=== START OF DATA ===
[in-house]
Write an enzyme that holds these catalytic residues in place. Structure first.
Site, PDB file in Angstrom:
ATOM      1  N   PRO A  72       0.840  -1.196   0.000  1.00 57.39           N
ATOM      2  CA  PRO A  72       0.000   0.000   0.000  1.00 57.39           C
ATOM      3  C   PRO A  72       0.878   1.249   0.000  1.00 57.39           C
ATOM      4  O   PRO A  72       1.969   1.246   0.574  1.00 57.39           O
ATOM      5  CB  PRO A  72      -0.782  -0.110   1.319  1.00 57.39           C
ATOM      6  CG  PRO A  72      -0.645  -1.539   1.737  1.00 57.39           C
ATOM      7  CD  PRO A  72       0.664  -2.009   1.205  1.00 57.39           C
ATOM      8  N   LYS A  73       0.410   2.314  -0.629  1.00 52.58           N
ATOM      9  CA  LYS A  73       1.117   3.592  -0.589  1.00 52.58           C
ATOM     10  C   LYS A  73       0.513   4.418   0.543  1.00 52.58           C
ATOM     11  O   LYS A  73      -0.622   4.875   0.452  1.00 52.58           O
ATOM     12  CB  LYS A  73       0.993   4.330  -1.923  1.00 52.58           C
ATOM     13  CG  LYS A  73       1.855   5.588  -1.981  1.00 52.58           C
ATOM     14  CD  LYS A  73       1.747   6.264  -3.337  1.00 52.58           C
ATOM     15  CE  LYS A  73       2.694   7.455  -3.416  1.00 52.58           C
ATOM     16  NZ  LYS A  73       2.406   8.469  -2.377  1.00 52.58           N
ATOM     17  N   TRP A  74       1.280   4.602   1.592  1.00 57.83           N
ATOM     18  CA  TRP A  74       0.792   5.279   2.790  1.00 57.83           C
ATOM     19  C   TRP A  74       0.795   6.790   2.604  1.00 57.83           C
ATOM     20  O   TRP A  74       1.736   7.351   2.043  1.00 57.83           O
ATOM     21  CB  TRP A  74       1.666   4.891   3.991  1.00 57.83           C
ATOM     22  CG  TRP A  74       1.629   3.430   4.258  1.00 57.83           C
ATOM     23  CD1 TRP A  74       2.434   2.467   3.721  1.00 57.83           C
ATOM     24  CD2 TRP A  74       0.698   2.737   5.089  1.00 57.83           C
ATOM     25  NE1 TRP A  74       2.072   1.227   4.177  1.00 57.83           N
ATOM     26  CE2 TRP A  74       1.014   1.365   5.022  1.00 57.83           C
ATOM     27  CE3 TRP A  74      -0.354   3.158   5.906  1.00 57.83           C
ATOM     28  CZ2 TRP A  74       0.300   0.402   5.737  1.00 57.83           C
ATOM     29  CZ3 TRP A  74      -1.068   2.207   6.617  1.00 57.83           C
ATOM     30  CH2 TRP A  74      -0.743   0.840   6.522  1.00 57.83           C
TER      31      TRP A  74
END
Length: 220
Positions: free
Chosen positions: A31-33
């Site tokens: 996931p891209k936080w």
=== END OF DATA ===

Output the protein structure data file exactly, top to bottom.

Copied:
[in-house]
Write an enzyme that holds these catalytic residues in place. Structure first.
Site, PDB file in Angstrom:
ATOM      1  N   PRO A  72       0.840  -1.196   0.000  1.00 57.39           N
ATOM      2  CA  PRO A  72       0.000   0.000   0.000  1.00 57.39           C
ATOM      3  C   PRO A  72       0.878   1.249   0.000  1.00 57.39           C
ATOM      4  O   PRO A  72       1.969   1.246   0.574  1.00 57.39           O
ATOM      5  CB  PRO A  72      -0.782  -0.110   1.319  1.00 57.39           C
ATOM      6  CG  PRO A  72      -0.645  -1.539   1.737  1.00 57.39           C
ATOM      7  CD  PRO A  72       0.664  -2.009   1.205  1.00 57.39           C
ATOM      8  N   LYS A  73       0.410   2.314  -0.629  1.00 52.58           N
ATOM      9  CA  LYS A  73       1.117   3.592  -0.589  1.00 52.58           C
ATOM     10  C   LYS A  73       0.513   4.418   0.543  1.00 52.58           C
ATOM     11  O   LYS A  73      -0.622   4.875   0.452  1.00 52.58           O
ATOM     12  CB  LYS A  73       0.993   4.330  -1.923  1.00 52.58           C
ATOM     13  CG  LYS A  73       1.855   5.588  -1.981  1.00 52.58           C
ATOM     14  CD  LYS A  73       1.747   6.264  -3.337  1.00 52.58           C
ATOM     15  CE  LYS A  73       2.694   7.455  -3.416  1.00 52.58           C
ATOM     16  NZ  LYS A  73       2.406   8.469  -2.377  1.00 52.58           N
ATOM     17  N   TRP A  74       1.280   4.602   1.592  1.00 57.83           N
ATOM     18  CA  TRP A  74       0.792   5.279   2.790  1.00 57.83           C
ATOM     19  C   TRP A  74       0.795   6.790   2.604  1.00 57.83           C
ATOM     20  O   TRP A  74       1.736   7.351   2.043  1.00 57.83           O
ATOM     21  CB  TRP A  74       1.666   4.891   3.991  1.00 57.83           C
ATOM     22  CG  TRP A  74       1.629   3.430   4.258  1.00 57.83           C
ATOM     23  CD1 TRP A  74       2.434   2.467   3.721  1.00 57.83           C
ATOM     24  CD2 TRP A  74       0.698   2.737   5.089  1.00 57.83           C
ATOM     25  NE1 TRP A  74       2.072   1.227   4.177  1.00 57.83           N
ATOM     26  CE2 TRP A  74       1.014   1.365   5.022  1.00 57.83           C
ATOM     27  CE3 TRP A  74      -0.354   3.158   5.906  1.00 57.83           C
ATOM     28  CZ2 TRP A  74       0.300   0.402   5.737  1.00 57.83           C
ATOM     29  CZ3 TRP A  74      -1.068   2.207   6.617  1.00 57.83           C
ATOM     30  CH2 TRP A  74      -0.743   0.840   6.522  1.00 57.83           C
TER      31      TRP A  74
END
Length: 220
Positions: free
Chosen positions: A31-33
């Site tokens: 996931p891209k936080w």